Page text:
Creating a Truly Social Stock Exchange in India

A Framework Study of Seven Global Exchanges and India’s Proposed Social Stock Exchange


Over the last two decades, Social Stock Exchanges (SSEs) have evolved as a potential funding mechanism for non-profit organizations and for-profit social enterprises. SSEs function as a type of impact funding, spanning from simple grants to innovative finance to impact investment.

As India gears up to construct an SSE, a comprehensive analysis of the experiences, structures, and learnings from SSEs across the world can help civil society, policymakers, and the private sector create a more enabling environment for social organizations.

This report, written by Samhita in partnership with ICNL, reviews Social Stock Exchanges in Brazil, Portugal, South Africa, Jamaica, the UK, Singapore, and Canada. It provides general takeaways, as well as detailed analyses on various issues. Based on these findings, the report analyses the SSE recommendations proposed by India’s SSE Working Group and provides some additional suggestions.  


Social Stock Exchanges (SSEs) are regulated institutions that aim bridge the gap between the social sector and private capital by providing a platform through which donors and investors can fund and facilitate the growth of organizations that have a social purpose. Brazil instituted the world’s first SSE in 2003, with the establishment of Bolsa de Valores Socioambientais (BVSA). Since then, stakeholders in several countries – including South Africa, Portugal, Canada, the UK, and Singapore, all of which are discussed in the report – have instituted social stock exchanges. These SSEs have aspired to harness the resources of financial markets and private capital to combat some of the most pressing social and environmental issues of our time.


Finding from the report’s country reviews include the following:

  • SSEs have struggled to establish and sustain themselves; of the handful that have existed, about half are no longer in operation due to financial and other structural challenges.
  • SSEs may perpetuate funding imbalances in the social sector due to a preference for issue areas that are more visible and lend themselves to revenue streams (for instance, environmental projects tend to feature heavily, while projects related to mental health or gender issues are less common).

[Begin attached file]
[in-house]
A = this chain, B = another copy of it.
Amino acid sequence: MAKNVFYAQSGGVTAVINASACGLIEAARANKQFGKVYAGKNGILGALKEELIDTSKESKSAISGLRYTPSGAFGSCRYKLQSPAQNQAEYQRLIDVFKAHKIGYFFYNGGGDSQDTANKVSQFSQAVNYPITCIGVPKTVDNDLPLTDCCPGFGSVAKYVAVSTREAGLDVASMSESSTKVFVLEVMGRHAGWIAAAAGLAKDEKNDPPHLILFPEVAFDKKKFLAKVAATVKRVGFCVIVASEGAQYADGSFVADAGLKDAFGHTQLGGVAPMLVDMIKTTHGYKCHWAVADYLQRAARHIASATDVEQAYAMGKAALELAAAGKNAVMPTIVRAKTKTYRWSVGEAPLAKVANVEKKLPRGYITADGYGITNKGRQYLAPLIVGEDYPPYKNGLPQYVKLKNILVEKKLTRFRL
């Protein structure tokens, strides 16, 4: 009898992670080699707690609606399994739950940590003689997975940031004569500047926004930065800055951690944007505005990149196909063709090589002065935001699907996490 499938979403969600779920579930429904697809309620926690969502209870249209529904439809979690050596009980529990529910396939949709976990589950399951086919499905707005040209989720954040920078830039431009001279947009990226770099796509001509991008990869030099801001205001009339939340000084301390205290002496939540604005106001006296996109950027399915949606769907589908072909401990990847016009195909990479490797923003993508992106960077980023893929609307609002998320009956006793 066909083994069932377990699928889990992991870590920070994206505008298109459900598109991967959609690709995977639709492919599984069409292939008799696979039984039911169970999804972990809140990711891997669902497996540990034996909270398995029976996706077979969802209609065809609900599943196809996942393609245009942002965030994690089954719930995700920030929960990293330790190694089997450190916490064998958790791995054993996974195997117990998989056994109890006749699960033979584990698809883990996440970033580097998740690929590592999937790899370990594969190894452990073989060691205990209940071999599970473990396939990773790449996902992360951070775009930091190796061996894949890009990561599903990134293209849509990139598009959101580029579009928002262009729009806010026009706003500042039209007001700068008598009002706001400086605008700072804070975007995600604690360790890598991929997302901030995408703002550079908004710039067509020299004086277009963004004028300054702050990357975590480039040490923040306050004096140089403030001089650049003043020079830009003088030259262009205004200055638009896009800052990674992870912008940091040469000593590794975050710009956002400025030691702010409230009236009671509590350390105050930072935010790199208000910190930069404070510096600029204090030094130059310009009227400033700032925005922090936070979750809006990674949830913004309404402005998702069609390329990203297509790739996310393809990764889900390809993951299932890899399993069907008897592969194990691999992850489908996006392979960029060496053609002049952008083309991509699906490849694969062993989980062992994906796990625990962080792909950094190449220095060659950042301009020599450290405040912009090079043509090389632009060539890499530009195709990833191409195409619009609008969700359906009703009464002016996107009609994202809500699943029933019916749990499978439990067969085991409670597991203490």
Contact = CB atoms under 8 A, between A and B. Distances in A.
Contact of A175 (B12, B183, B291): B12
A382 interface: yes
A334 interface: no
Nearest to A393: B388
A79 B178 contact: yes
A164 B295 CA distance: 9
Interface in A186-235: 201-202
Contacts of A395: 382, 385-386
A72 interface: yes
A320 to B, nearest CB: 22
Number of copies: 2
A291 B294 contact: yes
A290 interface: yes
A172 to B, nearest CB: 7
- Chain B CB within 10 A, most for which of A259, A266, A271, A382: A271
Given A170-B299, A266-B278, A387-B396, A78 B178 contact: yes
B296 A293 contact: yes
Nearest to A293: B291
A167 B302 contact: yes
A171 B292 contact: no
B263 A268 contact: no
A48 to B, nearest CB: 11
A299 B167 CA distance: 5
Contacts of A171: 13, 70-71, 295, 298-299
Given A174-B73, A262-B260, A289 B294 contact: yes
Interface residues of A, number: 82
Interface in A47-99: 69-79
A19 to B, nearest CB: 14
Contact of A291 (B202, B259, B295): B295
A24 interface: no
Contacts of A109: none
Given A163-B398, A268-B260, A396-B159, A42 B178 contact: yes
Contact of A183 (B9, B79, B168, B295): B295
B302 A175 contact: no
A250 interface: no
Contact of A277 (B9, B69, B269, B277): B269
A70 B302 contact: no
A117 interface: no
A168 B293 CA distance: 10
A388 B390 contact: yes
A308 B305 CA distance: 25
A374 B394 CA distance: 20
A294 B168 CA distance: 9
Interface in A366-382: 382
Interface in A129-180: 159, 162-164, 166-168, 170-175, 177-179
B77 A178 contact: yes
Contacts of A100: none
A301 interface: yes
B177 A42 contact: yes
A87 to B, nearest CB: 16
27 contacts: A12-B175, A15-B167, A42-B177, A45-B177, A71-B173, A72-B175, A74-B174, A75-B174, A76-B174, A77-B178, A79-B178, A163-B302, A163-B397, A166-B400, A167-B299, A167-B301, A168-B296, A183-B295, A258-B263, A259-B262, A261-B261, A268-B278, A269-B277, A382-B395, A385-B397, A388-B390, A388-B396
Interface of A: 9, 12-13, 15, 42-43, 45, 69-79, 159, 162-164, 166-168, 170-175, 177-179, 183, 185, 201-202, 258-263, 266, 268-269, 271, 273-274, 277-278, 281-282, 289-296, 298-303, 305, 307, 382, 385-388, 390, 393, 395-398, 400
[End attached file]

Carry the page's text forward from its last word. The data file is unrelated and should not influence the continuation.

• While SSEs generally allow both retail (individual) and institutional (foundation/legal entity) investors, institutional investors are more common due to limited opportunities and regulatory restrictions on individual investors.
  • SSEs have struggled with capturing social impact and measuring their own efficacy.
  • Most SSEs allow both for-profit and non-profit organizations to list; high barriers to entry may make it more difficult for nonprofits, particularly smaller or grassroots groups, to meet listing criteria, leading to further skewing of resources towards established NPOs and for-profit organizations.
  • Design of an SSE and the relevant regulatory regime, undertaken in consultation with civil society, can help to alleviate some of these issues, and better fulfill the promise of an SSE as an alternative fundraising mechanism for nonprofits.


Policymakers undertaking design of an SSE, in India and elsewhere, should aim to:

  • Define an SSE’s mission as an agent of positive change. This serves to distinguish it from traditional stock exchanges. An SSE should be participatory and representative with respect to civil society, independent from other institutions, and be designed, in consultation with the nonprofit sector, so as not to detract from existing funding models.
  • Bridge inequalities in access to capital by providing training and financial support for nonprofits (particularly smaller ones), separate, tailored platforms and requirements for nonprofits versus for-profits, and instituting other incentives like additional tax benefits for nonprofits and donors.
  • Promote under-resourced causes in consultation with civil society, periodically featuring thematic areas in need of support, including projects relating to marginalized groups and communities.
  • Ensure a sustainable financial model for longevity, actively engage investors and donors to achieve scale and sustainability and bringing individual and smaller donors into the fold.
  • Consciously measure the impact of listed projects and the SSE itself, by instituting effective reporting metrics and engaging independent evaluations.

In order to improve the chances of success and significant impact, such decisions should be taken in consultation with a representative segment of the non-profit sector. ICNL and Samhita remain available for discussion and feedback on the report. We welcome the submission of additional information on Social Stock Exchanges at